Larison tries to understand Mitt's rationale:
It’s tempting to say that he has reinvented himself so thoroughly that he can no longer remember what is true and what isn’t, and he has absorbed and appropriated so many new positions over the years that it all gets jumbled together and re-mixed according to whatever the political need of the moment happens to be. It’s easy to lose track after the fourth or fifth incarnation. More likely, he is so contemptuous of the people he tells these lies to that he never thinks he will be found out.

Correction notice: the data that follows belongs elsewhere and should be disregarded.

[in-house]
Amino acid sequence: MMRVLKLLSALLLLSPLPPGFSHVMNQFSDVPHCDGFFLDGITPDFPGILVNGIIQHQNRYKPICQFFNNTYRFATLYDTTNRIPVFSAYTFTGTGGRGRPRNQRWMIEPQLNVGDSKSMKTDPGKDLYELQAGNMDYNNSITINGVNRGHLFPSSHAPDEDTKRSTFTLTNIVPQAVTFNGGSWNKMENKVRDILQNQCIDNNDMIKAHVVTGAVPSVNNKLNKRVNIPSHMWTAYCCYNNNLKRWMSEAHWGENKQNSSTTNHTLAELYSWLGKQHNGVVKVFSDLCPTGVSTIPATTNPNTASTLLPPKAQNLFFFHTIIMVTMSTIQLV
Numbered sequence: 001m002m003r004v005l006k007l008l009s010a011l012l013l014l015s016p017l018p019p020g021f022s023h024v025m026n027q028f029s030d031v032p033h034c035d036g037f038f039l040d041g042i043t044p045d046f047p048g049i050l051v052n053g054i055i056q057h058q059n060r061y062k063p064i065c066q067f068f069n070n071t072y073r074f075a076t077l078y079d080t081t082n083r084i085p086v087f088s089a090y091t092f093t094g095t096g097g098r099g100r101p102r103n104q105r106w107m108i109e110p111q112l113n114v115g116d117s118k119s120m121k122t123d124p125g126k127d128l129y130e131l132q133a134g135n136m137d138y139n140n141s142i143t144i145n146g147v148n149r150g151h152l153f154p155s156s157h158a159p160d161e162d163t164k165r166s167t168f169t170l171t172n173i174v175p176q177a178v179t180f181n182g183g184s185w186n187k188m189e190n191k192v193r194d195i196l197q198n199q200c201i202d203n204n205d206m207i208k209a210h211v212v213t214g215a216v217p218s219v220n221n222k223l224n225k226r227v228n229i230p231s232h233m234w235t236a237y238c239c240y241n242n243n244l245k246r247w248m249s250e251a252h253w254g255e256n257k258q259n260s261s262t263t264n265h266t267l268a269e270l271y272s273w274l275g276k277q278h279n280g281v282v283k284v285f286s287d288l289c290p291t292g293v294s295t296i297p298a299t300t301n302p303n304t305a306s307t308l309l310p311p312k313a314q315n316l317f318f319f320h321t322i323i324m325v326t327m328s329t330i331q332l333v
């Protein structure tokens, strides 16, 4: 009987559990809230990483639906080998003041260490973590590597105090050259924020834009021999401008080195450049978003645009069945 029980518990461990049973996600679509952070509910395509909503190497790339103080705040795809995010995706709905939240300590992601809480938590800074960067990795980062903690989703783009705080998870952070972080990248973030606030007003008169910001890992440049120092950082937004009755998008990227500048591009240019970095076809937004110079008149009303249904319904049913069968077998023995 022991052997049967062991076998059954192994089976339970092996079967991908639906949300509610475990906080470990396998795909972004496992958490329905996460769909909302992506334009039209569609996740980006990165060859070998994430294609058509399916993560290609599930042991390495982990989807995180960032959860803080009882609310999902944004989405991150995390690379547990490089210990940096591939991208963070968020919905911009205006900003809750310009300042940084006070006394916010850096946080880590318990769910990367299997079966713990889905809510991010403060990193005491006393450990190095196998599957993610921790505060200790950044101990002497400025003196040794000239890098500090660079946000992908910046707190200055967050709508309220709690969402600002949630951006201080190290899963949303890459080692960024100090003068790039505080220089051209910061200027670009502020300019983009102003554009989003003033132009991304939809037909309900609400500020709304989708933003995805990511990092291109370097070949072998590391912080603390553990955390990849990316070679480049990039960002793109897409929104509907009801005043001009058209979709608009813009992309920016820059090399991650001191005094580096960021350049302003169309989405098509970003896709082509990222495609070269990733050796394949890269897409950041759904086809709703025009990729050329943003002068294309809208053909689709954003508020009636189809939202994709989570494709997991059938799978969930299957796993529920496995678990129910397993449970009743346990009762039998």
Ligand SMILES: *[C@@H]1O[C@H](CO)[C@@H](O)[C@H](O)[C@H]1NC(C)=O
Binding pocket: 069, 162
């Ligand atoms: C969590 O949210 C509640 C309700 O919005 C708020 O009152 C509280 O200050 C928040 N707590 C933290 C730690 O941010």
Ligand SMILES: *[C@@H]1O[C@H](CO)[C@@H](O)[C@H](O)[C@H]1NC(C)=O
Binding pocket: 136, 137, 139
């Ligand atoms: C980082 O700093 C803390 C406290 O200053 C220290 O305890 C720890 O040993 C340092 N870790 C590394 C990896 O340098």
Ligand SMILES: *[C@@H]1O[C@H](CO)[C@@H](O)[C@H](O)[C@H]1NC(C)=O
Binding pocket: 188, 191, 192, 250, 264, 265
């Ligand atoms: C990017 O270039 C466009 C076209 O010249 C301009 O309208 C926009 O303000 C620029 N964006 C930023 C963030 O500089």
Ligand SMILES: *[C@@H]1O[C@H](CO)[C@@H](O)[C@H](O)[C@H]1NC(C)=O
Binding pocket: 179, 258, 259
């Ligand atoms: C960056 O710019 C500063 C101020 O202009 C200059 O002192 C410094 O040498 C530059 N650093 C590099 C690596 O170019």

Steve Benen adds:
Romney and his team have demonstrated a willingness to lie — blatantly and shamelessly — with discomforting ease. We’ve seen this in offensive campaign ads, routine talking points, policy arguments, and even personal anecdotes and characteristics. And when pressed, Romney and his aides have freely admitted, more than once, that niceties such as facts, evidence, and reason just aren’t that important to them. Dishonest “propaganda” should simply be expected and accepted, they’ve said.
Krugman goes further:
[W]ith all the bad things that have happened in American politics over the centuries, I can’t think of any candidate who has lied so freely, with so little compunction.